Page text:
On August 21, 2004, the Havana Night ensemble, comprised of 53 Cuban artists, performed at the Las Vegas, Stardust Hotel. While we welcome these wonderful artists to our country, the manner in which they entered the country is not something to celebrate. Their visa approvals are the result of shameful hypocrisy and political manipulation of the Karl Rove-International Republican Institute-Bush administration strategy to "hasten a transition to democracy." In the past year, no other Cuban artists have been issued visas since the Bush administration returned to the Reagan Proclamation for its policy, asserting that all Cuban artists are "employees or agents of the government and therefore inadmissible as against our national interest. This rejection of the Clinton administration's "people-to-people" policies has caused arts presenters to suffer enormous losses throughout the country because of visa delays or denials for their Cuban artists.
To get their visas, the Havana Night artists were provoked by the German promoter and her advisors to disengage themselves from their own government, to show that they were "independent", a visa strategy developed by right-wing advocates as part of a plan to force a "regime change". Clearly, this is the result of unseemly, special treatment afforded to ex-State Department's Office of Cuban Affairs coordinator, Dennis Hays, the right-wing zealot who helped architect this scheme. Their State Department security clearances which normally take months were somehow whisked through in record time ... hmmm.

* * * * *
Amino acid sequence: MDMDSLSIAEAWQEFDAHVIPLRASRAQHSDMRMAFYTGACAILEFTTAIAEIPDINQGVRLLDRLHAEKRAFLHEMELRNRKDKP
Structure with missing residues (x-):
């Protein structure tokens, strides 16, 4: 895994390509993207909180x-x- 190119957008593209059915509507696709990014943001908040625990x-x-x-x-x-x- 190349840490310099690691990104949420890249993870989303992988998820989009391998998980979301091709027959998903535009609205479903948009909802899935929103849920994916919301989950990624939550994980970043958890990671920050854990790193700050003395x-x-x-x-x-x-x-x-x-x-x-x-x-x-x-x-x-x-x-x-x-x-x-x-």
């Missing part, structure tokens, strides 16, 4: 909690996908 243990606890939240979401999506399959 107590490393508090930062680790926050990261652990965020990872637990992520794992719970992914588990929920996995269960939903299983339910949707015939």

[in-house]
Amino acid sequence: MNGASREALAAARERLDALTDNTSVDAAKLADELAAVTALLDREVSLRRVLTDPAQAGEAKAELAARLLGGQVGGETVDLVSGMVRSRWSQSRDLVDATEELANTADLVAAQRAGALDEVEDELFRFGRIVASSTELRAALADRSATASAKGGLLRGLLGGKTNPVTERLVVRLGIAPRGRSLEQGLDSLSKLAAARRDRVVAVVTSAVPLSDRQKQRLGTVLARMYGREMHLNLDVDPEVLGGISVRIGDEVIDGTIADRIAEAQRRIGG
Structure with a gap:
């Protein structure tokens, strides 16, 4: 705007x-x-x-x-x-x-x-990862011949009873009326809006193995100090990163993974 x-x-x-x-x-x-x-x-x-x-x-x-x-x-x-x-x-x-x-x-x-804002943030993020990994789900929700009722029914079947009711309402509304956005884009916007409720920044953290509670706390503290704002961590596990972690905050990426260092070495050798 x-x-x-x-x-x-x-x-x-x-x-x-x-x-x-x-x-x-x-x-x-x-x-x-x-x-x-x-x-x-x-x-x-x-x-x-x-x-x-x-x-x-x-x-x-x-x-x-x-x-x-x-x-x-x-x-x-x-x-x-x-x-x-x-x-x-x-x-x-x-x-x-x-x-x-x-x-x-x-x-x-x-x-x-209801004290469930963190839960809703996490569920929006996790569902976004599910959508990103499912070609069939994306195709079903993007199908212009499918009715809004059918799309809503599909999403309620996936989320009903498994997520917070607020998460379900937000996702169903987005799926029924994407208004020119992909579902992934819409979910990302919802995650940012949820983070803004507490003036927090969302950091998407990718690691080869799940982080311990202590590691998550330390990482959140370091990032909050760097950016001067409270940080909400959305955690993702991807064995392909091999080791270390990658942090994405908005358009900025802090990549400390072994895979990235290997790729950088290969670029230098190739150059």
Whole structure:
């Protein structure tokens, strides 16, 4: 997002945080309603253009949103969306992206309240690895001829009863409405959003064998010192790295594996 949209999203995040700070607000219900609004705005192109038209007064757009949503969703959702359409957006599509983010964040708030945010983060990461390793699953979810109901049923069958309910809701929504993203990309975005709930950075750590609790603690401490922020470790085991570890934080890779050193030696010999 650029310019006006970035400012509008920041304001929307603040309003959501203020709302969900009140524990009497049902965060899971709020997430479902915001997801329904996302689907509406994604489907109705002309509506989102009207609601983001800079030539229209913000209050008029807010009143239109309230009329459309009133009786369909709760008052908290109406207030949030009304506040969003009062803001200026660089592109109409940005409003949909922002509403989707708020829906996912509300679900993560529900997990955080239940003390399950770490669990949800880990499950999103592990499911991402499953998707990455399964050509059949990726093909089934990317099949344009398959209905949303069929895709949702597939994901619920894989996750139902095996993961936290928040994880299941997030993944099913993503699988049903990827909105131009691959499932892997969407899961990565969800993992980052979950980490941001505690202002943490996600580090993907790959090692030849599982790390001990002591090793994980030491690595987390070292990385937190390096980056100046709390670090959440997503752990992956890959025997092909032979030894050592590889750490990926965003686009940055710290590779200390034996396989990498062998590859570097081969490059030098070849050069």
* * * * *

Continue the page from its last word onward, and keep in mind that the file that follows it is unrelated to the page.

That this glitzy Siegfreid and Roy, right-wing, Cuban American National Foundation-supported extravaganza has been allowed in is particularly galling in light of the denial of visas for 65 Cuban multidisciplinary scholars and writers who planned to participate in the Latin American Studies Association (LASA) convention in Las Vegas last week. They were invited to present lectures and engage in intellectual exchanges with other noted international scholars. They were also to participate in a panel discussion of a new book by Cuban authors titled, "The Cuban Economy at the Start of the 21st Century."
The approval of the Havana Night visas disregards the rights of presenters and petitioners who have attempted to produce performances by Cuban artists, only to see the talent denied entry visas. Requests for a Congressional inquiry have been made to Congressman Jerry Nadler (D-NY) and Senator Hillary Clinton (D-NY). The denial of visas to the LASA scholars prompted Congressmen William Delahunt (D-MA) and Jeff Flake (R-AZ), to petition Secretary of State Colin Powell to no avail.
Our Cuban policy is really a microcosm of foreign policy in general. Among the myriad of issues raised, what does this State Department policy say about government censorship and ourFirst Amendment rights to free expression? Our other constitutional rights ofdue process rights,equal protection? The Havana Night maneuvering appears to be another in a series of the chess pieces the Bush administration is choosing to use, similar to the new Treasury Department (Office of Foreign Assets Control) restrictions, the contrived charges that "Castro Encourages Prostitution" or "Cuba is a Biotechnological Terror Threat" or "Cuba is an Undue Influence in Venezuela and other Latin American Countries", as we head towards November.